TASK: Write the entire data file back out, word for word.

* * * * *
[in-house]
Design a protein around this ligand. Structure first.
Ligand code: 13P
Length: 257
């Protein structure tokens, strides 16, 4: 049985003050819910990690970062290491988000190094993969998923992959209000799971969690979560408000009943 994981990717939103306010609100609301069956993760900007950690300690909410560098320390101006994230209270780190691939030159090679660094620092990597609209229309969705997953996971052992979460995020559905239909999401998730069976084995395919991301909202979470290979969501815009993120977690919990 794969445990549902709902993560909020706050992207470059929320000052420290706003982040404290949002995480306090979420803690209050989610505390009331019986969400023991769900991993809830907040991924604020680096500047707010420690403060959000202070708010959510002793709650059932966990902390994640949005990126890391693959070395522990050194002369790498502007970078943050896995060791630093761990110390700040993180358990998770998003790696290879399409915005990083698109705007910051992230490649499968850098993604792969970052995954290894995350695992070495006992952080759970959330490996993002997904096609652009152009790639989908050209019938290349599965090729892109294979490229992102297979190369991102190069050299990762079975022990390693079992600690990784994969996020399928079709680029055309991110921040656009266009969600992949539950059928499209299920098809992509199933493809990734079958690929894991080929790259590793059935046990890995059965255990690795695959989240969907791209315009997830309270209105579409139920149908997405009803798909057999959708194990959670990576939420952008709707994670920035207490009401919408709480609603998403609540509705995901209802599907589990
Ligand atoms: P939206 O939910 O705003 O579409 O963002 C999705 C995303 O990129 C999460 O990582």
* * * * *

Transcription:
[in-house]
Design a protein around this ligand. Structure first.
Ligand code: 13P
Length: 257
């Protein structure tokens, strides 16, 4: 049985003050819910990690970062290491988000190094993969998923992959209000799971969690979560408000009943 994981990717939103306010609100609301069956993760900007950690300690909410560098320390101006994230209270780190691939030159090679660094620092990597609209229309969705997953996971052992979460995020559905239909999401998730069976084995395919991301909202979470290979969501815009993120977690919990 794969445990549902709902993560909020706050992207470059929320000052420290706003982040404290949002995480306090979420803690209050989610505390009331019986969400023991769900991993809830907040991924604020680096500047707010420690403060959000202070708010959510002793709650059932966990902390994640949005990126890391693959070395522990050194002369790498502007970078943050896995060791630093761990110390700040993180358990998770998003790696290879399409915005990083698109705007910051992230490649499968850098993604792969970052995954290894995350695992070495006992952080759970959330490996993002997904096609652009152009790639989908050209019938290349599965090729892109294979490229992102297979190369991102190069050299990762079975022990390693079992600690990784994969996020399928079709680029055309991110921040656009266009969600992949539950059928499209299920098809992509199933493809990734079958690929894991080929790259590793059935046990890995059965255990690795695959989240969907791209315009997830309270209105579409139920149908997405009803798909057999959708194990959670990576939420952008709707994670920035207490009401919408709480609603998403609540509705995901209802599907589990
Ligand atoms: P939206 O939910 O705003 O579409 O963002 C999705 C995303 O990129 C999460 O990582």